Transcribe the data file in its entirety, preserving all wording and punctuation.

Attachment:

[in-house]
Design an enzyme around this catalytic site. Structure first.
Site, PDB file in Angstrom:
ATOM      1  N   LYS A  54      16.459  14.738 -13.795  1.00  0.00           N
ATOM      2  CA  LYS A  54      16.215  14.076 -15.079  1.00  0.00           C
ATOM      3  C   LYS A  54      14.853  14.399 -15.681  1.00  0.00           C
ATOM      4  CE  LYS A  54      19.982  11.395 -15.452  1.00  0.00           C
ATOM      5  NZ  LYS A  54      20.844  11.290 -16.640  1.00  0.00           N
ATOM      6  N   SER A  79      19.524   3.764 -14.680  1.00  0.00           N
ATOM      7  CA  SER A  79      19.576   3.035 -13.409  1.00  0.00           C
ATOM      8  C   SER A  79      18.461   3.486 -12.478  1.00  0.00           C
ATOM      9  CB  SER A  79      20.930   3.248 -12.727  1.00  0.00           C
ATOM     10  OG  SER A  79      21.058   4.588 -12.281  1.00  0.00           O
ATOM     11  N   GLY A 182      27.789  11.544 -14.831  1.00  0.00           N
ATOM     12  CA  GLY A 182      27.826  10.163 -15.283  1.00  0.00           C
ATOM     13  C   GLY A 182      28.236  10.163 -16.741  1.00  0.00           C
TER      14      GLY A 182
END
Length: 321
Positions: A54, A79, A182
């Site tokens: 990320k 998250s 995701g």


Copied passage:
[in-house]
Design an enzyme around this catalytic site. Structure first.
Site, PDB file in Angstrom:
ATOM      1  N   LYS A  54      16.459  14.738 -13.795  1.00  0.00           N
ATOM      2  CA  LYS A  54      16.215  14.076 -15.079  1.00  0.00           C
ATOM      3  C   LYS A  54      14.853  14.399 -15.681  1.00  0.00           C
ATOM      4  CE  LYS A  54      19.982  11.395 -15.452  1.00  0.00           C
ATOM      5  NZ  LYS A  54      20.844  11.290 -16.640  1.00  0.00           N
ATOM      6  N   SER A  79      19.524   3.764 -14.680  1.00  0.00           N
ATOM      7  CA  SER A  79      19.576   3.035 -13.409  1.00  0.00           C
ATOM      8  C   SER A  79      18.461   3.486 -12.478  1.00  0.00           C
ATOM      9  CB  SER A  79      20.930   3.248 -12.727  1.00  0.00           C
ATOM     10  OG  SER A  79      21.058   4.588 -12.281  1.00  0.00           O
ATOM     11  N   GLY A 182      27.789  11.544 -14.831  1.00  0.00           N
ATOM     12  CA  GLY A 182      27.826  10.163 -15.283  1.00  0.00           C
ATOM     13  C   GLY A 182      28.236  10.163 -16.741  1.00  0.00           C
TER      14      GLY A 182
END
Length: 321
Positions: A54, A79, A182
């Site tokens: 990320k 998250s 995701g």